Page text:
(h) Prior to submitting a certification of entitlement to micro entity status in an application, including a related, continuing, or reissue application, a determination of such entitlement should be made pursuant to the requirements of paragraph (a) or (d) of this section. It should be determined that all parties holding rights in the invention qualify for micro entity status. The Office will generally not question certification of entitlement to micro entity status that is made in accordance with the requirements of this section.

(i) Notification of a loss of entitlement to micro entity status must be filed in the application or patent prior to paying, or at the time of paying, any fee after the date on which status as a micro entity as defined in paragraph (a) or (d) of this section is no longer appropriate. The notification that micro entity status is no longer appropriate must be signed by a party identified in § 1.33(b). Payment of a fee in other than the micro entity amount is not sufficient notification that micro entity status is no longer appropriate. Once a notification of a loss of entitlement to micro entity status is filed in the application or patent, a written assertion of small entity status under § 1.27(c)(1) is required to obtain small entity status, and a new certification of entitlement to micro entity status is required to again obtain micro entity status.

(j) Any attempt to fraudulently establish status as a micro entity, or pay fees as a micro entity, shall be considered as a fraud practiced or attempted on the Office. Improperly, and with intent to deceive, establishing status as a micro entity, or paying fees as a micro entity, shall be considered as a fraud practiced or attempted on the Office.

(k) If status as a micro entity is established in good faith in an application or patent, and fees as a micro entity are paid in good faith in the application or patent, and it is later discovered that such micro entity status either was established in error, or that the Office was not notified of a loss of entitlement to micro entity status as required by paragraph (i) of this section through error, the error will be excused upon compliance with the separate submission and itemization requirements of paragraph (k)(1) of this section and the deficiency payment requirement of paragraph (k)(2) of this section.

(1) Any paper submitted under this paragraph must be limited to the deficiency payment (all fees paid in error) required for a single application or patent. Where more than one application or patent is involved, separate submissions of deficiency payments are required for each application or patent (see § 1.4(b)). The paper must contain an itemization of the total deficiency payment for the single application or patent and include the following information:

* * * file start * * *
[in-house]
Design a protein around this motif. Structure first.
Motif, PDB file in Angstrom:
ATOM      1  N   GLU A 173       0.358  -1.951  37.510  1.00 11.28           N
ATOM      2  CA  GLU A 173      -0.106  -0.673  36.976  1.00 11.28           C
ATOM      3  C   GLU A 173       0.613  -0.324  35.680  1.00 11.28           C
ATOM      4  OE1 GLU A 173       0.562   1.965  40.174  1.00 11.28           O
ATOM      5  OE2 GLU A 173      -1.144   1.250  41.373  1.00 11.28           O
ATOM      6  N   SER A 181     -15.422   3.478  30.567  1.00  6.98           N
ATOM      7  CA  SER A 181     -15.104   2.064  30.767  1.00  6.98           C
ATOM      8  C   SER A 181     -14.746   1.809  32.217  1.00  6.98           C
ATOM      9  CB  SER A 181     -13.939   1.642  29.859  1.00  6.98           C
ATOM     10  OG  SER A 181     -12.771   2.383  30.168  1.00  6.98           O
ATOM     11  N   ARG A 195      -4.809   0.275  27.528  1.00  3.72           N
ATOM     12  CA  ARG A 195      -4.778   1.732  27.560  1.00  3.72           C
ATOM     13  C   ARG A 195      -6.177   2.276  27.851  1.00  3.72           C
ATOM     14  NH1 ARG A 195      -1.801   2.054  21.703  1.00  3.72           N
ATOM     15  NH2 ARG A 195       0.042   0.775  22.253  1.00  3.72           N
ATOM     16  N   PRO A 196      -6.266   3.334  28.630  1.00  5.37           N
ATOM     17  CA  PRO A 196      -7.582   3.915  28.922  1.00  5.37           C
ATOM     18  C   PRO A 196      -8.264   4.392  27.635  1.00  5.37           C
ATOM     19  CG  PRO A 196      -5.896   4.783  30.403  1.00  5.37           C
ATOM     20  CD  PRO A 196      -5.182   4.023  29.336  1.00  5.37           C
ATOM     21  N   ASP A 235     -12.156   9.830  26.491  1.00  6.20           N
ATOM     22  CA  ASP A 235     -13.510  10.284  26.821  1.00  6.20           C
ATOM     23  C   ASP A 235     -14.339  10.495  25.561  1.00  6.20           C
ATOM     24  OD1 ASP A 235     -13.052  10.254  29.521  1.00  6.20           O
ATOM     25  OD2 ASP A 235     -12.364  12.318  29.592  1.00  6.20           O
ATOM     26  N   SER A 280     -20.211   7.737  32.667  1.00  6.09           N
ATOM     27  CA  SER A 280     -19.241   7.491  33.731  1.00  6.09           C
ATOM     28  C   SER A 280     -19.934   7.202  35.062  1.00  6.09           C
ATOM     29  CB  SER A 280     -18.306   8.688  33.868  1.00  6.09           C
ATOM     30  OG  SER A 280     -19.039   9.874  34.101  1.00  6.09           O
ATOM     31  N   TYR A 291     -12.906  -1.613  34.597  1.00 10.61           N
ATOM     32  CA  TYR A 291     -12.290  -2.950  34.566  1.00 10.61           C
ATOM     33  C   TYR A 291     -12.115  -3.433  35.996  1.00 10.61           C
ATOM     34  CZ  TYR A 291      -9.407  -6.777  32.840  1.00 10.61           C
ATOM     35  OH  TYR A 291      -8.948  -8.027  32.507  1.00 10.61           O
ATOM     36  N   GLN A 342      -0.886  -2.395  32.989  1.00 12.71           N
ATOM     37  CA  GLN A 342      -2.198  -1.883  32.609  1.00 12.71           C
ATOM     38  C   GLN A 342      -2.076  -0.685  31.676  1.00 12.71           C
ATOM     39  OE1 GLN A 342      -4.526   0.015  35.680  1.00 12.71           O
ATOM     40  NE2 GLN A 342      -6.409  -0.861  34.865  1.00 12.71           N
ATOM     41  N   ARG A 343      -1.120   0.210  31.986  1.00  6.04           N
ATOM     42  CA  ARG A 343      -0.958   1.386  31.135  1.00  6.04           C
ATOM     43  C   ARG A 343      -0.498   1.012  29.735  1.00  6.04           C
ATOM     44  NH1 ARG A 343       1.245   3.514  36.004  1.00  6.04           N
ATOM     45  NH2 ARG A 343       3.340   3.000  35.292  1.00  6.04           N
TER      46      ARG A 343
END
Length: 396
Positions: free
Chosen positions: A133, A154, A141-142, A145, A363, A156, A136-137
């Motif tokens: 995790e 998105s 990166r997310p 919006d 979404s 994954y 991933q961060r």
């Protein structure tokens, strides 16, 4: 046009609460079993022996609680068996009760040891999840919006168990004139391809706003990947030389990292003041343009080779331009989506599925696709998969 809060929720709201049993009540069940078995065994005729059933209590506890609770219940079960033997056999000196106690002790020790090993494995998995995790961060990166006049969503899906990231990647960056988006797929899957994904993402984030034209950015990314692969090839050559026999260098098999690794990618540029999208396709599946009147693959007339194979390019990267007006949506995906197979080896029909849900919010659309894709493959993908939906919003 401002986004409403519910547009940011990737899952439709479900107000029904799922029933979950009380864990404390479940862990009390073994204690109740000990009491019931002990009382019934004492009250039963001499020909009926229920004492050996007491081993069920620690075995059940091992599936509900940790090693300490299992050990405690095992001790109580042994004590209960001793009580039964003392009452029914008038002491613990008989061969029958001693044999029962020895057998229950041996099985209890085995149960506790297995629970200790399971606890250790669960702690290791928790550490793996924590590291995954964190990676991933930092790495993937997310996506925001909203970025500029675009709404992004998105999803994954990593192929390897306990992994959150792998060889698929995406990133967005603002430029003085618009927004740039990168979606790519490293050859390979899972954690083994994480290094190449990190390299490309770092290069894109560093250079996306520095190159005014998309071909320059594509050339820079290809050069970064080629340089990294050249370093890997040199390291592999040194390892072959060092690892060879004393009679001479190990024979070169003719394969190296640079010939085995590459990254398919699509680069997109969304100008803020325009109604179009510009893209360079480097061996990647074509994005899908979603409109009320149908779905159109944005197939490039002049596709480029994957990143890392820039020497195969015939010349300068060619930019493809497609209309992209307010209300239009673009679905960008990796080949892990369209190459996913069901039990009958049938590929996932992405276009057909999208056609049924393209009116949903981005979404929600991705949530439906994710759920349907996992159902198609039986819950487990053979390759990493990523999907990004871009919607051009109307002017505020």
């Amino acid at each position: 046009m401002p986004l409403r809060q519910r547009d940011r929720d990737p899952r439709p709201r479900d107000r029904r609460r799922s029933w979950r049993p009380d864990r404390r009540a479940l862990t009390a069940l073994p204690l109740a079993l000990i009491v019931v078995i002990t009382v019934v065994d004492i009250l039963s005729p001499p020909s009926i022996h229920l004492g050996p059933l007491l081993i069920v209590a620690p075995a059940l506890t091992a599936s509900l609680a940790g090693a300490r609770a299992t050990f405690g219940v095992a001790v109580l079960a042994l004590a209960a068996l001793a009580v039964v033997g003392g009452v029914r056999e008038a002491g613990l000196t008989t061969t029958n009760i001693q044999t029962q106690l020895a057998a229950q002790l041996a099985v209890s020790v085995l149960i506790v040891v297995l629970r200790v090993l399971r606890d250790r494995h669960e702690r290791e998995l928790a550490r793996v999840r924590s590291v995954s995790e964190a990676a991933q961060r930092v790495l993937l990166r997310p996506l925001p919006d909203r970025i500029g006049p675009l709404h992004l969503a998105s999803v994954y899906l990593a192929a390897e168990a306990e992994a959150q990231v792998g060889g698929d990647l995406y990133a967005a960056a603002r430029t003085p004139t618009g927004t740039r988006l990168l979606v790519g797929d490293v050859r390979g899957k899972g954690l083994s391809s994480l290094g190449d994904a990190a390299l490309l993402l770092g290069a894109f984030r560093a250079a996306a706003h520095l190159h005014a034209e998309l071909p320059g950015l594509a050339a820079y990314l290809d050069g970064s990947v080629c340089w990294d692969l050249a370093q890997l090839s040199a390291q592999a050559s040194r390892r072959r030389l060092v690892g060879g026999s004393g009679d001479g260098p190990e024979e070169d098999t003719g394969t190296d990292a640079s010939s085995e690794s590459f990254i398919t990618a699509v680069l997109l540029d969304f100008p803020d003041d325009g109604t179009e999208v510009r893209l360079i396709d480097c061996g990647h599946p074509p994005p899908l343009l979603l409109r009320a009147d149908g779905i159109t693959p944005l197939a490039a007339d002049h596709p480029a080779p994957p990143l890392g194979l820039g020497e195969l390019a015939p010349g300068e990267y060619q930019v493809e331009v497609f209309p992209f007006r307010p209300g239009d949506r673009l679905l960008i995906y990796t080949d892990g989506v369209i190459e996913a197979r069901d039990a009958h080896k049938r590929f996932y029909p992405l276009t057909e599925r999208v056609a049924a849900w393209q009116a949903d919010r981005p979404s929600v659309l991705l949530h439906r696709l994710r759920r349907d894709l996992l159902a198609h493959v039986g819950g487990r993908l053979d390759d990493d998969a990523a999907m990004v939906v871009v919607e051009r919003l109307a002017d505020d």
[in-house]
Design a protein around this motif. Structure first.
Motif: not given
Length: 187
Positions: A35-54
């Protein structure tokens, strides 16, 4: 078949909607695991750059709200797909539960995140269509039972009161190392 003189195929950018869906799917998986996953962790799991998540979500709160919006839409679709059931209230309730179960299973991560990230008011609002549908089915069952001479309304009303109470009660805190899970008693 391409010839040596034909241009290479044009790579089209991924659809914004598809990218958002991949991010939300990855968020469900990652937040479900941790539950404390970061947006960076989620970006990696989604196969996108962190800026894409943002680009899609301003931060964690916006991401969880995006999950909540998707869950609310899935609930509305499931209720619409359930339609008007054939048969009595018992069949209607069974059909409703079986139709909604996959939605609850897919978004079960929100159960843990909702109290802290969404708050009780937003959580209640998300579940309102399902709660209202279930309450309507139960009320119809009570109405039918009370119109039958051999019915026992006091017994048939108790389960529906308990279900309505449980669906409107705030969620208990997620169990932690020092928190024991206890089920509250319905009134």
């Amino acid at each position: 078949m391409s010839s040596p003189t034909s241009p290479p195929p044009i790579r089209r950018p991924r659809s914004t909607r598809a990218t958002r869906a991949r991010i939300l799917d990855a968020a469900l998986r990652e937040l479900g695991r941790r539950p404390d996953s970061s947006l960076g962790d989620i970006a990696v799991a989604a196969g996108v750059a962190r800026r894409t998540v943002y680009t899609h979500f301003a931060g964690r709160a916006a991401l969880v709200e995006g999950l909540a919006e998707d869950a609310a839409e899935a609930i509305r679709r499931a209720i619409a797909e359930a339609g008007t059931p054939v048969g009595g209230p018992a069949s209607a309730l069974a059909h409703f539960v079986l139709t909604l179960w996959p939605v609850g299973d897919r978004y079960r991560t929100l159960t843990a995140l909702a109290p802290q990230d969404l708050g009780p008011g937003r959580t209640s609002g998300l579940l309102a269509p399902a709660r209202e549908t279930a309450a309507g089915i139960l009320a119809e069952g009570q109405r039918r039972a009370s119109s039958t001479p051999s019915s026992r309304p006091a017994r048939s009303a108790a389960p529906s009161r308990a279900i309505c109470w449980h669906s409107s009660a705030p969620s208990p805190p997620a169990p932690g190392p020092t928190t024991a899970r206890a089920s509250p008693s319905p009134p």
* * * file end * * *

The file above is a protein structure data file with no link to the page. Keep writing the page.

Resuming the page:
(i) Each particular type of fee that was erroneously paid as a micro entity, (e.g., basic statutory filing fee, two-month extension of time fee) along with the current fee amount for a small or non-small entity, as applicable;

(ii) The micro entity fee actually paid, and the date on which it was paid;

(iii) The deficiency owed amount (for each fee erroneously paid); and

(iv) The total deficiency payment owed, which is the sum or total of the individual deficiency owed amounts as set forth in paragraph (k)(2) of this section.

(2) The deficiency owed, resulting from the previous erroneous payment of micro entity fees, must be paid. The deficiency owed for each previous fee erroneously paid as a micro entity is the difference between the current fee amount for a small entity or non-small entity, as applicable, on the date the deficiency is paid in full and the amount of the previous erroneous micro entity fee payment. The total deficiency payment owed is the sum of the individual deficiency owed amounts for each fee amount previously and erroneously paid as a micro entity.

(3) If the requirements of paragraphs (k)(1) and (k)(2) of this section are not complied with, such failure will either be treated at the option of the Office as an authorization for the Office to process the deficiency payment and charge the processing fee set forth in § 1.17(i), or result in a requirement for compliance within a one-month time period that is not extendable under § 1.136(a) to avoid the return of the fee deficiency payment.

(4) Any deficiency payment (based on a previous erroneous payment of a micro entity fee) submitted under this paragraph will be treated as a notification of a loss of entitlement to micro entity status under paragraph (i) of this section, but payment of a deficiency based upon the difference between the current fee amount for a small entity and the amount of the previous erroneous micro entity fee payment will not be treated as an assertion of small entity status under § 1.27(c). Once a deficiency payment is submitted under this paragraph, a written assertion of small entity status under § 1.27(c)(1) is required to obtain small entity status.

Dated: May 23, 2012.

David J. Kappos,

Under Secretary of Commerce for Intellectual Property and Director of the United States Patent and Trademark Office.

end regulatory text

[FR Doc. 2012-12971 Filed 5-29-12; 8:45 am]

BILLING CODE 3510-16-P